On August 14, 2020, the How Kids Learn Foundation in partnership with the EduCare Foundation, welcomed Dr. Shawn Ginwright to lead a presentation on the Healing Impact of Racial Injustice and Inequity: The Role of Afterschool.The COVID-19 pandemic and the long list of African Americans killed by police has laid bare the racial injustice and inequity in our society. We know that many adult staff and many of our youth participants in afterschool are people of color. In the wake of this turmoil, how can we address the needs of our staff? How can we prepare staff and redesign our programs to promote racial healing? What is the best way to facilitate discussions of systemic racism? How is afterschool positioned for this? Should we urge/support youth to engage in civic action? And, is there a way to do some of this work remotely, as programs may not re-open in the Fall? Dr. Ginwright addresses some of these questions in his presentation and later answers participants' questions.
In this brief video, California leaders describe the unprecedented collaboration that is driving implementation of the CA Next Generation Science Standards.
In this brief video, teachers and administrators share their experiences and explain how the new science standards are transforming education in California classrooms.
Many educational initiatives are funded for only a couple of years. The California NGSS Early Implementers Initiative spanned an extraordinary six years, during which eight school districts worked toward districtwide implementation of the Next Generation Science Standards (NGSS), which call for teachers to transform their instructional practice. This 12th report in our evaluation series for policymakers, school and district administrators, and professional learning specialists describes the Initiative's scale-up in its later years to reach all K-8 science teachers. Specifically, the report addresses the following questions:In contrast to focusing in Years 1-4 on developing Teacher Leaders, what strategies did districts use in Years 5-6 to reach all other K-8 teachers of science (called "expansion teachers" in this report)?What impacts has the Initiative had on expansion teachers?Which professional learning strategies have been most and least effective for influencing the practice of expansion teachers?What special attention was paid to providing administrators with professional learning to prompt their support of NGSS implementation?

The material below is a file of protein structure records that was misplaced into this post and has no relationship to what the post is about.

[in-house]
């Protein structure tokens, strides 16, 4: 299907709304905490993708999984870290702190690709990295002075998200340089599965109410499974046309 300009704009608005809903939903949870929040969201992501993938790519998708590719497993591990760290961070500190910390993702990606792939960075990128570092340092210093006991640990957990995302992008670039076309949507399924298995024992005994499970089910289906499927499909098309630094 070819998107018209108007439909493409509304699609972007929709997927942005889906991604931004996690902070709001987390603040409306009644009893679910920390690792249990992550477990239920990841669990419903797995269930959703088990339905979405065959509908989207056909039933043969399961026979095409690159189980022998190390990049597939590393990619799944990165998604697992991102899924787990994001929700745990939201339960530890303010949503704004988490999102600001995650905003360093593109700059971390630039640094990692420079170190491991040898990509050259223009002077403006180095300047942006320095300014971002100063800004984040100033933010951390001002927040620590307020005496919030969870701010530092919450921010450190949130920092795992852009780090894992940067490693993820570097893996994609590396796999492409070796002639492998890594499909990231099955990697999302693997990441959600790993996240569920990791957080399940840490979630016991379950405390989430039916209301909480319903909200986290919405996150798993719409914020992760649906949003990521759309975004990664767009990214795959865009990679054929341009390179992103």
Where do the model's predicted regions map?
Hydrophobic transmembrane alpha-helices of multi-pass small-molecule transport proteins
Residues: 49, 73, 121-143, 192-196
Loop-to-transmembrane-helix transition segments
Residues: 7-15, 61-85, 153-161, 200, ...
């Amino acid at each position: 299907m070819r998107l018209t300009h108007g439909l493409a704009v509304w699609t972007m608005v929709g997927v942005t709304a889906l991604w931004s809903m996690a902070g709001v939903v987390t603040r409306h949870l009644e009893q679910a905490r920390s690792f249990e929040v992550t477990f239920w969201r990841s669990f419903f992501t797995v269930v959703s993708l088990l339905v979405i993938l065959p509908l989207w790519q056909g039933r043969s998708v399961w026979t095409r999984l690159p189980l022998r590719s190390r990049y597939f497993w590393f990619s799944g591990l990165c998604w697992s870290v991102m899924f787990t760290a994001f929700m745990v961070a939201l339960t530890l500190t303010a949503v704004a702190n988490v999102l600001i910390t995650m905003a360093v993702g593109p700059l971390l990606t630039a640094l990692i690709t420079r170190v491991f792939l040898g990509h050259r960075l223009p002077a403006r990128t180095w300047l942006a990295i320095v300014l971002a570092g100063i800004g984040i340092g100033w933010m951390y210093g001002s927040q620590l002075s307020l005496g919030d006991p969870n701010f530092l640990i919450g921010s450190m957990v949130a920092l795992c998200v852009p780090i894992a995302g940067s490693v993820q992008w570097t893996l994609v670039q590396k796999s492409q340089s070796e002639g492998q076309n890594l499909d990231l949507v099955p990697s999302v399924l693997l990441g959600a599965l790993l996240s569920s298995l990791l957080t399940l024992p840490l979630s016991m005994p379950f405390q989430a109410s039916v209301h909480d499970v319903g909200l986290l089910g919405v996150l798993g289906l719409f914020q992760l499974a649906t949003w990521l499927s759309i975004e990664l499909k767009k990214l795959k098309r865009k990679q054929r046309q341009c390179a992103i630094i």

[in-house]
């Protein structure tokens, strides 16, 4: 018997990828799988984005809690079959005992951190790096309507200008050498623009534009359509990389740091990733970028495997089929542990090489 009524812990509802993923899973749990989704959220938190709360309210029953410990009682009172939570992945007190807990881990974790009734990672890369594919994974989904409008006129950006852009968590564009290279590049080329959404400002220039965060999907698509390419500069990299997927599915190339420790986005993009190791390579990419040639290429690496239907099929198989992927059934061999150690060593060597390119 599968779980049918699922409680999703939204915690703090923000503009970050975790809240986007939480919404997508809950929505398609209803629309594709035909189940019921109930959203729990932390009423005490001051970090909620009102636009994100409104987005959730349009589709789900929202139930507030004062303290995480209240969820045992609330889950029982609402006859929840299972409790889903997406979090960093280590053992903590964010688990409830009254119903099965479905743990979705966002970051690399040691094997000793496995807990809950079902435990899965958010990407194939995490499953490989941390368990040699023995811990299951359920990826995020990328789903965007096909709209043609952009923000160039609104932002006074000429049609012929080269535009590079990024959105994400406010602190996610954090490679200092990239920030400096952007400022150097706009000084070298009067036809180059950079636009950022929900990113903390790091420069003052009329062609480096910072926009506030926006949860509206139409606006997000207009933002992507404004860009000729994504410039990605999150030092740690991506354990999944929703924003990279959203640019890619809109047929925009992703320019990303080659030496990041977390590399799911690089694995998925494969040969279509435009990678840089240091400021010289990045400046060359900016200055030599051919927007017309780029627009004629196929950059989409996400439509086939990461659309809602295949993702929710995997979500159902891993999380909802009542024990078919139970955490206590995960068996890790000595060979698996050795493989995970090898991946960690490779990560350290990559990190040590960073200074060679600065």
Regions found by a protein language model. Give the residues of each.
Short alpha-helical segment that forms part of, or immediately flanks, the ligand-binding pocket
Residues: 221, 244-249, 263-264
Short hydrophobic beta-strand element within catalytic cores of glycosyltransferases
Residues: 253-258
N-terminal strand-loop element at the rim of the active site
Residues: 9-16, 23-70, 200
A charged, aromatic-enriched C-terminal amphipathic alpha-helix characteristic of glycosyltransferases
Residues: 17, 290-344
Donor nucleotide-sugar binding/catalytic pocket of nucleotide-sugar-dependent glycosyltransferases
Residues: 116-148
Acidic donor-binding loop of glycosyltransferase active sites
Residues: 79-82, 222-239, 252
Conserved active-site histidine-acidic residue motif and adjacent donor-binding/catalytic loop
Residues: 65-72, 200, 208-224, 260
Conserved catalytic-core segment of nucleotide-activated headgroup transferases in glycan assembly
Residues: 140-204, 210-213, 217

Every year researchers and experts on youth learning and development issue reports with new concepts and frameworks. They are developed to guide the design and implementation of community initiatives, schools and youth programs. The purpose of this paper is to compare recent frameworks and note their commonalities. This paper offers a summary or overview of many of these frameworks as well as resources to learn more. It also provides a crosswalk chart to learn where their critical features overlap.
Lessons Learned for Improving Diversity, Equity, and Inclusion from Y-USA's Out-of-School Time ProgramsJuly 21, 2020
From 2017 to 2020, Child Trends served as the evaluation partner for the YMCA of the USA's (Y-USA) Character Development Learning Institute (CDLI); through that work, we learned about efforts to improve DEI in afterschool, summer learning, camps, and other OST programs during site visits to more than 100 YMCAs around the country. In this brief, we summarize lessons learned from that research for OST programs seeking ways to be more intentional in their efforts to strengthen DEI.
Promoting Character Development in Youth Programs through Professional Development for Staff and Volunteers: Findings from an Evaluation of the YMCA of the USA’s Character Development Learning InstituteJuly 15, 2020
This brief summarizes the results from Child Trends' evaluation of the Character Development Learning Institute (CDLI), drawing from interviews, program observations, and surveys of staff and volunteers from many of the 208 Ys that participated in the final phase of the CDLI (see Appendix 3 for a summary of Ys in each phase). Child Trends has served as the evaluation and research partner for the CDLI since 2017, when the CDLI debuted its framework for a small cohort of Ys in what they called the "Translate phase" (Redd et. al., 2017; Stratford et. al, 2018; Redd et. al., 2019; Lantos et al., 2019). The data presented here were collected from fall 2019 to spring 2020. Following a brief summary of key findings, we provide background on the CDLI, describe the study methods, and offer detailed findings on the outcomes of the study.